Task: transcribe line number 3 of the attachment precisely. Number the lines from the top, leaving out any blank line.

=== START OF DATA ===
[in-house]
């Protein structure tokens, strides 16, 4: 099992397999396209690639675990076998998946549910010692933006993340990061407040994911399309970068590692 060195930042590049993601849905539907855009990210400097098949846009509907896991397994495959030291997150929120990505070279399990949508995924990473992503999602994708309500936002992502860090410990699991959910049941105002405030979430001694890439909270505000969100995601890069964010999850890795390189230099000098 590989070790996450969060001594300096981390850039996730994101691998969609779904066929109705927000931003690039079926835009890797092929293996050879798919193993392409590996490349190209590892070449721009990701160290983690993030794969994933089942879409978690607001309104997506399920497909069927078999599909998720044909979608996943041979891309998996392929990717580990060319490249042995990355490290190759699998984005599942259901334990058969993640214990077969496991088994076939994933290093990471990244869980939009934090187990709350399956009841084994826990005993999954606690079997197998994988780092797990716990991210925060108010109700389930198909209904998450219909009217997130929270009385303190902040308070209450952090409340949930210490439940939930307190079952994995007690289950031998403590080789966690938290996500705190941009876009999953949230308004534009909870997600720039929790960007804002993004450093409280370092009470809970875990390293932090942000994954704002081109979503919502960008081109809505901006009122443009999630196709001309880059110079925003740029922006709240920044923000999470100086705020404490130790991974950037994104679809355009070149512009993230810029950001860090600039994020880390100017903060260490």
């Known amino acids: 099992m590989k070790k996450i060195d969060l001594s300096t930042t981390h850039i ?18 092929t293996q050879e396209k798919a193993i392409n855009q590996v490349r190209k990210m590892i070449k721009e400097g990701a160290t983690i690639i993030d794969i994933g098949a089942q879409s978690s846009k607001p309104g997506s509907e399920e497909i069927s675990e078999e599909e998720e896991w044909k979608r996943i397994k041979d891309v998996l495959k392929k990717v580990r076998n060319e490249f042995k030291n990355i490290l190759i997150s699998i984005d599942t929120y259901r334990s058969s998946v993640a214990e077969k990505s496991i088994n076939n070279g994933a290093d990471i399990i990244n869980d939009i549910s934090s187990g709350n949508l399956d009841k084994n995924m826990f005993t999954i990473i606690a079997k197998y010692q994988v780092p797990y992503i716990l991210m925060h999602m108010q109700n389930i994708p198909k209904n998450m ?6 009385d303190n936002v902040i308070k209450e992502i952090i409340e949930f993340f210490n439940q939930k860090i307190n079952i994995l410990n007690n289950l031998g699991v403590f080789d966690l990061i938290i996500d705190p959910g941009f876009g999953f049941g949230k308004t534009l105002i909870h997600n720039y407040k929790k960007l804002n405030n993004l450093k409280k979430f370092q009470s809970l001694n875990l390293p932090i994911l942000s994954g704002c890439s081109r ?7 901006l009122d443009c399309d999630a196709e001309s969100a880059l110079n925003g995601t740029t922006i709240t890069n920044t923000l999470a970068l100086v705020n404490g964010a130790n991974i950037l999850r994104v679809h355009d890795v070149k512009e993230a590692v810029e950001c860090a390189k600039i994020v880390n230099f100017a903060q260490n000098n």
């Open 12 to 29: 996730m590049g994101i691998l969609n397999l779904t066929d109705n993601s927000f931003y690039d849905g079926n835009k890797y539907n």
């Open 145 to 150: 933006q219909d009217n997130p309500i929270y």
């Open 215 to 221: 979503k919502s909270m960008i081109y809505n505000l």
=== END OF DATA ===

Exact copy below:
């Known amino acids: 099992m590989k070790k996450i060195d969060l001594s300096t930042t981390h850039i ?18 092929t293996q050879e396209k798919a193993i392409n855009q590996v490349r190209k990210m590892i070449k721009e400097g990701a160290t983690i690639i993030d794969i994933g098949a089942q879409s978690s846009k607001p309104g997506s509907e399920e497909i069927s675990e078999e599909e998720e896991w044909k979608r996943i397994k041979d891309v998996l495959k392929k990717v580990r076998n060319e490249f042995k030291n990355i490290l190759i997150s699998i984005d599942t929120y259901r334990s058969s998946v993640a214990e077969k990505s496991i088994n076939n070279g994933a290093d990471i399990i990244n869980d939009i549910s934090s187990g709350n949508l399956d009841k084994n995924m826990f005993t999954i990473i606690a079997k197998y010692q994988v780092p797990y992503i716990l991210m925060h999602m108010q109700n389930i994708p198909k209904n998450m ?6 009385d303190n936002v902040i308070k209450e992502i952090i409340e949930f993340f210490n439940q939930k860090i307190n079952i994995l410990n007690n289950l031998g699991v403590f080789d966690l990061i938290i996500d705190p959910g941009f876009g999953f049941g949230k308004t534009l105002i909870h997600n720039y407040k929790k960007l804002n405030n993004l450093k409280k979430f370092q009470s809970l001694n875990l390293p932090i994911l942000s994954g704002c890439s081109r ?7 901006l009122d443009c399309d999630a196709e001309s969100a880059l110079n925003g995601t740029t922006i709240t890069n920044t923000l999470a970068l100086v705020n404490g964010a130790n991974i950037l999850r994104v679809h355009d890795v070149k512009e993230a590692v810029e950001c860090a390189k600039i994020v880390n230099f100017a903060q260490n000098n």